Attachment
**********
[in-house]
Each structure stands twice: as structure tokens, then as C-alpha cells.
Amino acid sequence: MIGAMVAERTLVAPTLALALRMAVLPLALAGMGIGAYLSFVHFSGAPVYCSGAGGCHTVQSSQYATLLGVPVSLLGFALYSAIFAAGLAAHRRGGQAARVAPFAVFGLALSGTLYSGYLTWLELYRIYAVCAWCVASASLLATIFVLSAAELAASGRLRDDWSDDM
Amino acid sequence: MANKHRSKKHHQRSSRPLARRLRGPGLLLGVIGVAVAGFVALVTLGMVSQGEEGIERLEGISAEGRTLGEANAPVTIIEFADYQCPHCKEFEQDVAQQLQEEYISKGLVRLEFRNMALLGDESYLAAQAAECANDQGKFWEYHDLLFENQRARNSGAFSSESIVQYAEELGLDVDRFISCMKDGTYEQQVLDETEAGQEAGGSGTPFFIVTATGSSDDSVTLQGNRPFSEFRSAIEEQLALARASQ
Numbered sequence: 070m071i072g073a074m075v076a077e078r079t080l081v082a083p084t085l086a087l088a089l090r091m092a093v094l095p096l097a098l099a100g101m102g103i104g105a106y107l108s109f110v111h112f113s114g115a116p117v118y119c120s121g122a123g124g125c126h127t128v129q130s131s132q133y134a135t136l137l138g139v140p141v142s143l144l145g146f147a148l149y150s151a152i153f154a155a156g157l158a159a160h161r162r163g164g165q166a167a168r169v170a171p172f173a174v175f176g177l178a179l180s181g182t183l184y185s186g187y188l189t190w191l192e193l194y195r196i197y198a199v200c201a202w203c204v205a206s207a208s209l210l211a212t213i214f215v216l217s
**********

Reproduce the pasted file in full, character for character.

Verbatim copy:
[in-house]
Each structure stands twice: as structure tokens, then as C-alpha cells.
Amino acid sequence: MIGAMVAERTLVAPTLALALRMAVLPLALAGMGIGAYLSFVHFSGAPVYCSGAGGCHTVQSSQYATLLGVPVSLLGFALYSAIFAAGLAAHRRGGQAARVAPFAVFGLALSGTLYSGYLTWLELYRIYAVCAWCVASASLLATIFVLSAAELAASGRLRDDWSDDM
Amino acid sequence: MANKHRSKKHHQRSSRPLARRLRGPGLLLGVIGVAVAGFVALVTLGMVSQGEEGIERLEGISAEGRTLGEANAPVTIIEFADYQCPHCKEFEQDVAQQLQEEYISKGLVRLEFRNMALLGDESYLAAQAAECANDQGKFWEYHDLLFENQRARNSGAFSSESIVQYAEELGLDVDRFISCMKDGTYEQQVLDETEAGQEAGGSGTPFFIVTATGSSDDSVTLQGNRPFSEFRSAIEEQLALARASQ
Numbered sequence: 070m071i072g073a074m075v076a077e078r079t080l081v082a083p084t085l086a087l088a089l090r091m092a093v094l095p096l097a098l099a100g101m102g103i104g105a106y107l108s109f110v111h112f113s114g115a116p117v118y119c120s121g122a123g124g125c126h127t128v129q130s131s132q133y134a135t136l137l138g139v140p141v142s143l144l145g146f147a148l149y150s151a152i153f154a155a156g157l158a159a160h161r162r163g164g165q166a167a168r169v170a171p172f173a174v175f176g177l178a179l180s181g182t183l184y185s186g187y188l189t190w191l192e193l194y195r196i197y198a199v200c201a202w203c204v205a206s207a208s209l210l211a212t213i214f215v216l217s